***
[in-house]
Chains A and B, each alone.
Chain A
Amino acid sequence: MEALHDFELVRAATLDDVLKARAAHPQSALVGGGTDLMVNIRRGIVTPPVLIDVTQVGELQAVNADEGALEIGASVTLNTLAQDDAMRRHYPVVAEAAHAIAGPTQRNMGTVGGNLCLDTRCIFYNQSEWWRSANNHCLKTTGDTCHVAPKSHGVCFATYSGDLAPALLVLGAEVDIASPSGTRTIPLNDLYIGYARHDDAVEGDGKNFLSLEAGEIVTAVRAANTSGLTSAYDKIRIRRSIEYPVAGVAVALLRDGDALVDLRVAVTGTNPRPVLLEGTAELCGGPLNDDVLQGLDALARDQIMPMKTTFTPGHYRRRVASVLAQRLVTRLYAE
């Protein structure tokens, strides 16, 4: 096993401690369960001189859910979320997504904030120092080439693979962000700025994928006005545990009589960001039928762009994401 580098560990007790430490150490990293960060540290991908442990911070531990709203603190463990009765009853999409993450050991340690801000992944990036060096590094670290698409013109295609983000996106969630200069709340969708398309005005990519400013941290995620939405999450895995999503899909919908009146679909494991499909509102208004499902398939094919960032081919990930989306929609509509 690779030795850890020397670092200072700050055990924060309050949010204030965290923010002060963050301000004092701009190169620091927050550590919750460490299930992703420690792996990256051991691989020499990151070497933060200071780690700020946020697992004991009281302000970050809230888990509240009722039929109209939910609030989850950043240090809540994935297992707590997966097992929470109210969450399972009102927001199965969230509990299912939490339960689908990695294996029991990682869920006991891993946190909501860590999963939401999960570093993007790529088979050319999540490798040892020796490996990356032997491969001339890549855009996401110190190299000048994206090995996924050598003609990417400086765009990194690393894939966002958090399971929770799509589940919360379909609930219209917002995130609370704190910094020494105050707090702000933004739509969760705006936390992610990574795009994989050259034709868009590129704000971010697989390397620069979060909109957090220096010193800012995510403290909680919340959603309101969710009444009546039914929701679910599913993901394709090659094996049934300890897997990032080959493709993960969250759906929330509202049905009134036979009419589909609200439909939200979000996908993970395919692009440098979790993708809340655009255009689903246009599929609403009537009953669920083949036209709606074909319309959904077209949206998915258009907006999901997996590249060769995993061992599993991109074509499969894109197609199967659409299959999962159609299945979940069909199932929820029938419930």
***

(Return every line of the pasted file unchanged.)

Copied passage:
[in-house]
Chains A and B, each alone.
Chain A
Amino acid sequence: MEALHDFELVRAATLDDVLKARAAHPQSALVGGGTDLMVNIRRGIVTPPVLIDVTQVGELQAVNADEGALEIGASVTLNTLAQDDAMRRHYPVVAEAAHAIAGPTQRNMGTVGGNLCLDTRCIFYNQSEWWRSANNHCLKTTGDTCHVAPKSHGVCFATYSGDLAPALLVLGAEVDIASPSGTRTIPLNDLYIGYARHDDAVEGDGKNFLSLEAGEIVTAVRAANTSGLTSAYDKIRIRRSIEYPVAGVAVALLRDGDALVDLRVAVTGTNPRPVLLEGTAELCGGPLNDDVLQGLDALARDQIMPMKTTFTPGHYRRRVASVLAQRLVTRLYAE
């Protein structure tokens, strides 16, 4: 096993401690369960001189859910979320997504904030120092080439693979962000700025994928006005545990009589960001039928762009994401 580098560990007790430490150490990293960060540290991908442990911070531990709203603190463990009765009853999409993450050991340690801000992944990036060096590094670290698409013109295609983000996106969630200069709340969708398309005005990519400013941290995620939405999450895995999503899909919908009146679909494991499909509102208004499902398939094919960032081919990930989306929609509509 690779030795850890020397670092200072700050055990924060309050949010204030965290923010002060963050301000004092701009190169620091927050550590919750460490299930992703420690792996990256051991691989020499990151070497933060200071780690700020946020697992004991009281302000970050809230888990509240009722039929109209939910609030989850950043240090809540994935297992707590997966097992929470109210969450399972009102927001199965969230509990299912939490339960689908990695294996029991990682869920006991891993946190909501860590999963939401999960570093993007790529088979050319999540490798040892020796490996990356032997491969001339890549855009996401110190190299000048994206090995996924050598003609990417400086765009990194690393894939966002958090399971929770799509589940919360379909609930219209917002995130609370704190910094020494105050707090702000933004739509969760705006936390992610990574795009994989050259034709868009590129704000971010697989390397620069979060909109957090220096010193800012995510403290909680919340959603309101969710009444009546039914929701679910599913993901394709090659094996049934300890897997990032080959493709993960969250759906929330509202049905009134036979009419589909609200439909939200979000996908993970395919692009440098979790993708809340655009255009689903246009599929609403009537009953669920083949036209709606074909319309959904077209949206998915258009907006999901997996590249060769995993061992599993991109074509499969894109197609199967659409299959999962159609299945979940069909199932929820029938419930």